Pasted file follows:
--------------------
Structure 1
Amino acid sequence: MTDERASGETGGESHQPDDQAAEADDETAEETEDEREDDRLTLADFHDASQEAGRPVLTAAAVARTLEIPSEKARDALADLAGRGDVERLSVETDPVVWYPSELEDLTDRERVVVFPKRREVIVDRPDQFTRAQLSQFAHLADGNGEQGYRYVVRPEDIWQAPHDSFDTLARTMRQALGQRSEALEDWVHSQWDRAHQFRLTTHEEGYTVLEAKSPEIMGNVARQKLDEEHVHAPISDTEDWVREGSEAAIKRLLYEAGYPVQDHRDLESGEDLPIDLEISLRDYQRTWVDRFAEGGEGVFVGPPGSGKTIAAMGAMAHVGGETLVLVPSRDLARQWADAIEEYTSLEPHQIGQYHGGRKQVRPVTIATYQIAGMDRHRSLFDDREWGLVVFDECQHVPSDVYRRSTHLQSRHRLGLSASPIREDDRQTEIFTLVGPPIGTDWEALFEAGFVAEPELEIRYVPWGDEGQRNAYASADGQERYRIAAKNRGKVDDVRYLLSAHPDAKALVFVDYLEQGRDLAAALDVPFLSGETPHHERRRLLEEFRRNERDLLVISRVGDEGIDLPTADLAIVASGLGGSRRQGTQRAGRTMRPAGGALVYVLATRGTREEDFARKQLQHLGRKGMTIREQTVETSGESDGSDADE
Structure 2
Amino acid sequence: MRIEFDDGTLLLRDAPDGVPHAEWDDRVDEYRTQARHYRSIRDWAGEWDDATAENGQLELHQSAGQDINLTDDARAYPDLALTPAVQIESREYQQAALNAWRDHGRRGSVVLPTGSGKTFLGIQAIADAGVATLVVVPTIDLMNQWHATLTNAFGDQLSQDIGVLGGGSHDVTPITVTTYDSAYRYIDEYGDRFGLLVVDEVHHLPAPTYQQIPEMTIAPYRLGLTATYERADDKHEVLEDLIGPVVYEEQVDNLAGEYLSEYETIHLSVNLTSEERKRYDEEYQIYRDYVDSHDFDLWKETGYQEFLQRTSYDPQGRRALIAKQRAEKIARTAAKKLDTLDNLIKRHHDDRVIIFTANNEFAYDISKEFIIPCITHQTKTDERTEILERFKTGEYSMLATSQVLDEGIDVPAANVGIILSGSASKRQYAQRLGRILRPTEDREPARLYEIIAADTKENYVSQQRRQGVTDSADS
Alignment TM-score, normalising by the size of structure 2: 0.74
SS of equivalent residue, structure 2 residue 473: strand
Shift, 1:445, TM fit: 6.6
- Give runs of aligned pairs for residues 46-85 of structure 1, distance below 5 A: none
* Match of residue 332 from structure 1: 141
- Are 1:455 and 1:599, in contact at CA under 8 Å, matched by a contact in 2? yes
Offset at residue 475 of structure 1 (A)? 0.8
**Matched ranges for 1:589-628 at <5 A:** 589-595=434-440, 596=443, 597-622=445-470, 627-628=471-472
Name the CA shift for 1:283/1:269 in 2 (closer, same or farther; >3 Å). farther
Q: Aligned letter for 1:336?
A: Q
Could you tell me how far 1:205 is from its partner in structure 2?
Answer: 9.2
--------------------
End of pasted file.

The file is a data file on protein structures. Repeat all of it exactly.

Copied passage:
Structure 1
Amino acid sequence: MTDERASGETGGESHQPDDQAAEADDETAEETEDEREDDRLTLADFHDASQEAGRPVLTAAAVARTLEIPSEKARDALADLAGRGDVERLSVETDPVVWYPSELEDLTDRERVVVFPKRREVIVDRPDQFTRAQLSQFAHLADGNGEQGYRYVVRPEDIWQAPHDSFDTLARTMRQALGQRSEALEDWVHSQWDRAHQFRLTTHEEGYTVLEAKSPEIMGNVARQKLDEEHVHAPISDTEDWVREGSEAAIKRLLYEAGYPVQDHRDLESGEDLPIDLEISLRDYQRTWVDRFAEGGEGVFVGPPGSGKTIAAMGAMAHVGGETLVLVPSRDLARQWADAIEEYTSLEPHQIGQYHGGRKQVRPVTIATYQIAGMDRHRSLFDDREWGLVVFDECQHVPSDVYRRSTHLQSRHRLGLSASPIREDDRQTEIFTLVGPPIGTDWEALFEAGFVAEPELEIRYVPWGDEGQRNAYASADGQERYRIAAKNRGKVDDVRYLLSAHPDAKALVFVDYLEQGRDLAAALDVPFLSGETPHHERRRLLEEFRRNERDLLVISRVGDEGIDLPTADLAIVASGLGGSRRQGTQRAGRTMRPAGGALVYVLATRGTREEDFARKQLQHLGRKGMTIREQTVETSGESDGSDADE
Structure 2
Amino acid sequence: MRIEFDDGTLLLRDAPDGVPHAEWDDRVDEYRTQARHYRSIRDWAGEWDDATAENGQLELHQSAGQDINLTDDARAYPDLALTPAVQIESREYQQAALNAWRDHGRRGSVVLPTGSGKTFLGIQAIADAGVATLVVVPTIDLMNQWHATLTNAFGDQLSQDIGVLGGGSHDVTPITVTTYDSAYRYIDEYGDRFGLLVVDEVHHLPAPTYQQIPEMTIAPYRLGLTATYERADDKHEVLEDLIGPVVYEEQVDNLAGEYLSEYETIHLSVNLTSEERKRYDEEYQIYRDYVDSHDFDLWKETGYQEFLQRTSYDPQGRRALIAKQRAEKIARTAAKKLDTLDNLIKRHHDDRVIIFTANNEFAYDISKEFIIPCITHQTKTDERTEILERFKTGEYSMLATSQVLDEGIDVPAANVGIILSGSASKRQYAQRLGRILRPTEDREPARLYEIIAADTKENYVSQQRRQGVTDSADS
Alignment TM-score, normalising by the size of structure 2: 0.74
SS of equivalent residue, structure 2 residue 473: strand
Shift, 1:445, TM fit: 6.6
- Give runs of aligned pairs for residues 46-85 of structure 1, distance below 5 A: none
* Match of residue 332 from structure 1: 141
- Are 1:455 and 1:599, in contact at CA under 8 Å, matched by a contact in 2? yes
Offset at residue 475 of structure 1 (A)? 0.8
**Matched ranges for 1:589-628 at <5 A:** 589-595=434-440, 596=443, 597-622=445-470, 627-628=471-472
Name the CA shift for 1:283/1:269 in 2 (closer, same or farther; >3 Å). farther
Q: Aligned letter for 1:336?
A: Q
Could you tell me how far 1:205 is from its partner in structure 2?
Answer: 9.2